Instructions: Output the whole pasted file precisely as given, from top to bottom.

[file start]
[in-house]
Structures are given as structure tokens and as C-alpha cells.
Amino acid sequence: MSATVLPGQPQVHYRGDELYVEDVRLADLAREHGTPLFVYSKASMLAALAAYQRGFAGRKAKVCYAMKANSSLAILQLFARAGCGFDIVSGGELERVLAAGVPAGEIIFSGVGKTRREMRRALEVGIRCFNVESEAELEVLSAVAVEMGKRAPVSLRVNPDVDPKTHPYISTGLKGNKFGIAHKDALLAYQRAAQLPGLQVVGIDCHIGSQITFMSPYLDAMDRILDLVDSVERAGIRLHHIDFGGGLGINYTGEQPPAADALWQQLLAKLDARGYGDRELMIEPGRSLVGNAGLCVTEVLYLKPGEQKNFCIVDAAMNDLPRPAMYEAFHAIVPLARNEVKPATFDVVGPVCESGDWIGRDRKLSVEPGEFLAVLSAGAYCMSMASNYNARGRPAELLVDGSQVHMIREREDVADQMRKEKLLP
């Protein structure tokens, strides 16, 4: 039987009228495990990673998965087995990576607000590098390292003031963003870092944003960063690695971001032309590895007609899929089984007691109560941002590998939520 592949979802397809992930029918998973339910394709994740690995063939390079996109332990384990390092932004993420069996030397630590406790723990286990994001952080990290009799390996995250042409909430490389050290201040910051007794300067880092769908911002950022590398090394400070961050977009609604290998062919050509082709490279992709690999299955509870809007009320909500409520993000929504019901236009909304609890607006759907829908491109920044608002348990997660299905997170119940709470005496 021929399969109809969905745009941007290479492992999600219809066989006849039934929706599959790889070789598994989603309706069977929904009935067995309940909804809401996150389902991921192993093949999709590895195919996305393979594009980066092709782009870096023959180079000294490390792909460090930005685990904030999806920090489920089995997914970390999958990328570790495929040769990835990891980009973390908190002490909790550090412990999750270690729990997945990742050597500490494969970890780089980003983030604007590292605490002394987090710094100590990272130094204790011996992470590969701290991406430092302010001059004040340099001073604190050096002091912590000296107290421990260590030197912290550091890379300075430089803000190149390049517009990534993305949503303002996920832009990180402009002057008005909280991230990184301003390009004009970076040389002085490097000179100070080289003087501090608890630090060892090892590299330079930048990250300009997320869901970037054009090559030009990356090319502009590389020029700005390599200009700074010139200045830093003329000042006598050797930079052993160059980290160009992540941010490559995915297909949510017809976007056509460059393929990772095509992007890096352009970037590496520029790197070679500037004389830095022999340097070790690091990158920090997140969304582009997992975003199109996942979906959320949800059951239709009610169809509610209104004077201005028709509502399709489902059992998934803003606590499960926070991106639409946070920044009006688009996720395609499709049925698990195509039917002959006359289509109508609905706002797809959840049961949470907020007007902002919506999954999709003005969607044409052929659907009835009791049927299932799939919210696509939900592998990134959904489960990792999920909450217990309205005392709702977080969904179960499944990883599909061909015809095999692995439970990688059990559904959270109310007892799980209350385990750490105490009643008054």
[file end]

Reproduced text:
[in-house]
Structures are given as structure tokens and as C-alpha cells.
Amino acid sequence: MSATVLPGQPQVHYRGDELYVEDVRLADLAREHGTPLFVYSKASMLAALAAYQRGFAGRKAKVCYAMKANSSLAILQLFARAGCGFDIVSGGELERVLAAGVPAGEIIFSGVGKTRREMRRALEVGIRCFNVESEAELEVLSAVAVEMGKRAPVSLRVNPDVDPKTHPYISTGLKGNKFGIAHKDALLAYQRAAQLPGLQVVGIDCHIGSQITFMSPYLDAMDRILDLVDSVERAGIRLHHIDFGGGLGINYTGEQPPAADALWQQLLAKLDARGYGDRELMIEPGRSLVGNAGLCVTEVLYLKPGEQKNFCIVDAAMNDLPRPAMYEAFHAIVPLARNEVKPATFDVVGPVCESGDWIGRDRKLSVEPGEFLAVLSAGAYCMSMASNYNARGRPAELLVDGSQVHMIREREDVADQMRKEKLLP
């Protein structure tokens, strides 16, 4: 039987009228495990990673998965087995990576607000590098390292003031963003870092944003960063690695971001032309590895007609899929089984007691109560941002590998939520 592949979802397809992930029918998973339910394709994740690995063939390079996109332990384990390092932004993420069996030397630590406790723990286990994001952080990290009799390996995250042409909430490389050290201040910051007794300067880092769908911002950022590398090394400070961050977009609604290998062919050509082709490279992709690999299955509870809007009320909500409520993000929504019901236009909304609890607006759907829908491109920044608002348990997660299905997170119940709470005496 021929399969109809969905745009941007290479492992999600219809066989006849039934929706599959790889070789598994989603309706069977929904009935067995309940909804809401996150389902991921192993093949999709590895195919996305393979594009980066092709782009870096023959180079000294490390792909460090930005685990904030999806920090489920089995997914970390999958990328570790495929040769990835990891980009973390908190002490909790550090412990999750270690729990997945990742050597500490494969970890780089980003983030604007590292605490002394987090710094100590990272130094204790011996992470590969701290991406430092302010001059004040340099001073604190050096002091912590000296107290421990260590030197912290550091890379300075430089803000190149390049517009990534993305949503303002996920832009990180402009002057008005909280991230990184301003390009004009970076040389002085490097000179100070080289003087501090608890630090060892090892590299330079930048990250300009997320869901970037054009090559030009990356090319502009590389020029700005390599200009700074010139200045830093003329000042006598050797930079052993160059980290160009992540941010490559995915297909949510017809976007056509460059393929990772095509992007890096352009970037590496520029790197070679500037004389830095022999340097070790690091990158920090997140969304582009997992975003199109996942979906959320949800059951239709009610169809509610209104004077201005028709509502399709489902059992998934803003606590499960926070991106639409946070920044009006688009996720395609499709049925698990195509039917002959006359289509109508609905706002797809959840049961949470907020007007902002919506999954999709003005969607044409052929659907009835009791049927299932799939919210696509939900592998990134959904489960990792999920909450217990309205005392709702977080969904179960499944990883599909061909015809095999692995439970990688059990559904959270109310007892799980209350385990750490105490009643008054």